First, by desiring to be near Him. This woman, in her desire to be near Christ, came right up to His feet. Augustine admires the gracious audacity of this woman. She had been very bold when she was a sinner—her shamefacedness was gone when she was a sinner and it was also gone when she was a saint. May we, too, love Christ so much that we cannot be content to live at a distance from Him, but may we be among those who follow the Lamb wherever He goes and abide close beside Him!

The next point in her for us to imitate is the boldness of her confession. Some of Christ's disciples came to Him by night, but this woman came to Him by day. They dared not approach Him when anybody saw them, but she cared not who saw her. I would that you who love Jesus much were as bold as she was in the acknowledgment of your faith. Come out and confess Christ, saying, "I have had much forgiven—therefore I will tell the whole world of what the Lord has done for me."

Then, next, this woman had deep humility, for, bold as she was, she rendered the lowliest service that she could to Christ. May you be such willing slaves to Him that washing His feet will be the work in which you delight! If I may but wash His feet—help His poor people—look after a few infants in the Sunday school—do any little thing for Him—if I can only have some smiles from Him, though they are only such as come to menials, I will be glad to get them.

Then, imitate this woman's penitence. She bathed His feet with her tears—so you show Him how deep and true is your repentance. It is well not to make a show of repentance to men except by your actions. But let your whole life and your inmost soul make a show of it before Christ. Wash His feet with your tears. Refresh Him with your contrition.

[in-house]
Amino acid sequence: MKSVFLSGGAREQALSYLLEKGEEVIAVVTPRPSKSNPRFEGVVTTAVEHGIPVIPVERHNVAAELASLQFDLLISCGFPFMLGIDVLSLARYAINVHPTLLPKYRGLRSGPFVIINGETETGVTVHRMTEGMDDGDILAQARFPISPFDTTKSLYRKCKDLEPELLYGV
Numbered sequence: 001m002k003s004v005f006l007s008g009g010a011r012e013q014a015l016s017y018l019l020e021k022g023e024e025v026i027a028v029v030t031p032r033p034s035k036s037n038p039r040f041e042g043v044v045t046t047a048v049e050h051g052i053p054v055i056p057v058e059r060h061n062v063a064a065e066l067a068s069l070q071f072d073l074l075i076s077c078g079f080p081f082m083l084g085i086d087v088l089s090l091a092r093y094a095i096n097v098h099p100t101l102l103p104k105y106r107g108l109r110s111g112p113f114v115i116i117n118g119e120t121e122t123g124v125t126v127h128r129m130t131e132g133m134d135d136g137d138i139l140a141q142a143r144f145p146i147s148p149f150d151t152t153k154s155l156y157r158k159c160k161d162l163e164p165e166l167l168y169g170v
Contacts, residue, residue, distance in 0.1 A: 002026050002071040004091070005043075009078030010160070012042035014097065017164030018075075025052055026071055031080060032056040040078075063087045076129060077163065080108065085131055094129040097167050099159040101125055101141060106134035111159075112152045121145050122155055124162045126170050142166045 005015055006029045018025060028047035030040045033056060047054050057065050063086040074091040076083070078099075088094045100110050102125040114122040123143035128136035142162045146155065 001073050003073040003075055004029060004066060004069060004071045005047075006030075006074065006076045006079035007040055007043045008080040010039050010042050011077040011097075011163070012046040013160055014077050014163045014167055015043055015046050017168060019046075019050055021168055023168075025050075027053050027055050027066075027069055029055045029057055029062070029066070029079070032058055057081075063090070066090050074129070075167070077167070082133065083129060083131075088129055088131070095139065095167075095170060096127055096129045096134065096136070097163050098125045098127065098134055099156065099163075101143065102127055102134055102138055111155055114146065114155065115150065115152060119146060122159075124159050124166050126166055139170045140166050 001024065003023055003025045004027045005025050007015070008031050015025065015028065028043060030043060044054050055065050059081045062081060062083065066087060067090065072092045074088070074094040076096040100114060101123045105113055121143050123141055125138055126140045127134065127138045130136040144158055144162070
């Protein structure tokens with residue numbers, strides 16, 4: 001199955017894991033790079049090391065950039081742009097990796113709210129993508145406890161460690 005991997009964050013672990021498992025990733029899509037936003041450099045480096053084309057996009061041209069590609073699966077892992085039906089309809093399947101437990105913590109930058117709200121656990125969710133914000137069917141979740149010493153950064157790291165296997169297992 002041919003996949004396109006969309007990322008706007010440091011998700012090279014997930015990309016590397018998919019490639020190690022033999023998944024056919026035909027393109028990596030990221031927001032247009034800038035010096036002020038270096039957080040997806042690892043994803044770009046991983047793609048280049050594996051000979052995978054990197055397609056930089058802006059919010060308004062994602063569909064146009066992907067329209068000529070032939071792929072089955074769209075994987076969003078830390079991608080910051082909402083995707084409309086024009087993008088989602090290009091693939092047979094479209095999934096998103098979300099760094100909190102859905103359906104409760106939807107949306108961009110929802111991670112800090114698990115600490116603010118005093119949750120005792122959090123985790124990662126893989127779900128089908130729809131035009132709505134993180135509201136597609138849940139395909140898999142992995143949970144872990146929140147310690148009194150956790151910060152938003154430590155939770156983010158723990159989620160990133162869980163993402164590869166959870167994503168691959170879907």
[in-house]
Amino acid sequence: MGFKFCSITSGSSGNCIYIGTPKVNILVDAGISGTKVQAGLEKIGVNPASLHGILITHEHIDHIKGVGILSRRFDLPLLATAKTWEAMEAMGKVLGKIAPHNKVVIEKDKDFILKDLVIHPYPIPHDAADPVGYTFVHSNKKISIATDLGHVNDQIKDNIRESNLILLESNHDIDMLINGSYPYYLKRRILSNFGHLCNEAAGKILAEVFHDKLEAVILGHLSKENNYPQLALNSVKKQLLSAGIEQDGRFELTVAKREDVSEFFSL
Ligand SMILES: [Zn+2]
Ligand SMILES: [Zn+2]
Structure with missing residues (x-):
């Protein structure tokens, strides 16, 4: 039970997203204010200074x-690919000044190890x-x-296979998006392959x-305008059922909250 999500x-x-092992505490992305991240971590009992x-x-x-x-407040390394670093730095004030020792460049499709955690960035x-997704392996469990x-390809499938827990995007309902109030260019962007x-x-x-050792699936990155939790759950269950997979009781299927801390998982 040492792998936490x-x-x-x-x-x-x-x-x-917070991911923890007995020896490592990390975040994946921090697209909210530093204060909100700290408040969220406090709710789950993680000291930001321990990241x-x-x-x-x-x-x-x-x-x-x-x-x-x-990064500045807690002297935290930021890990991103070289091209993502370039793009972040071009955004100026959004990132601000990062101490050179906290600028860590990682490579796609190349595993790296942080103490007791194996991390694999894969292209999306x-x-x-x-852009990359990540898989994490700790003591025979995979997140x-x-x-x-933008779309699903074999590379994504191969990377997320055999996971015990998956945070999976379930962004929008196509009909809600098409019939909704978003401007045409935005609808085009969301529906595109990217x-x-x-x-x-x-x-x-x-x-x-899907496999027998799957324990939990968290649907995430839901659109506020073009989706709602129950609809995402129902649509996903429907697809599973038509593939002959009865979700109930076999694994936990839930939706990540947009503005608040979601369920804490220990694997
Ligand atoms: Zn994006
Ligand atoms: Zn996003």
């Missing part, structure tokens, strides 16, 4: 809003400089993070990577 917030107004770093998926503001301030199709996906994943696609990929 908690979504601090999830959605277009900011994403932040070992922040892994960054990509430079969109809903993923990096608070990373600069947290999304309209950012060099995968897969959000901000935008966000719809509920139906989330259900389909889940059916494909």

After washing His feet with her tears, this woman wiped them with the hairs of her head. Imitate her self-denying service. Show your love to Jesus in some special way. I do not know what particular form your service may take, but let it be some loving, tender, self-denying work for your dear Lord and Savior. Make a perfect consecration of yourself to Him, as this woman did. May the Holy Spirit help you to do so! But you will never do it unless you have a deep sense of sin, so, Brothers and Sisters in Christ, I come back to that point because that is the chief thought I want to leave in your mind. Do you feel sin to be a bitter and hideous thing? And do you feel yourself to be a great sinner? You will never pray so well as when you have a tear in your eye. You will never serve God so well as when you have been standing in the publican's place and saying, "God, be merciful to me a sinner."

I am persuaded that we, ministers, do not preach with effect if we preach as if we were wonderful saints looking down on you, poor sinners. Oh, no! When we are, ourselves, tender in spirit, God helps us to be tender to the humble and con-

trite among our hearers! Out of our hearts, by the gracious working of the Holy Spirit, comes power that helps others to be humble and contrite before God. We are nothing to boast of, so let us never boast. Though we are accepted in the Beloved, and perfect in Christ Jesus, forgiven, saved forever, (blessed be His name!), yet this is no reason for us to lift ourselves up, but to lift Christ up! It is a cause for gratitude, but not for conceit. So we will feel that we have had much forgiven, and will love Him much who has freely forgiven us all our trespasses. May He help us to do so, and His shall be the praise forever and ever! Amen.

EXPOSITION BY C. H. SPURGEON: PSALM116.

In this Psalm, David tells us his experience with regard to God and with regard to men.

Verse 1. Ilove the LORD, because He has heard my voice and my supplications. Answered prayer is a good reason for loving God. David was in his right senses and he was, by no means, a fool, yet he declared that God had answered his prayers and, therefore, he loved Him. And this is not only David's experience, but there are thousands of us who can say that God has heard our prayers and, therefore, we love Him. How can we help doing so?

2. Because He has inclined His ear unto me, therefore will I call upon Him as long as I live. If a beggar in the street were to say to us, "Because you have relieved me once, I will beg of you as long as I live," we would not be pleased to hear him say that—but God loves to hear us say that to Him! He wishes us to resolve that because we have been successful in prayer once, we will call upon Him as long as we live! Now David explains the circumstances which led him to pray.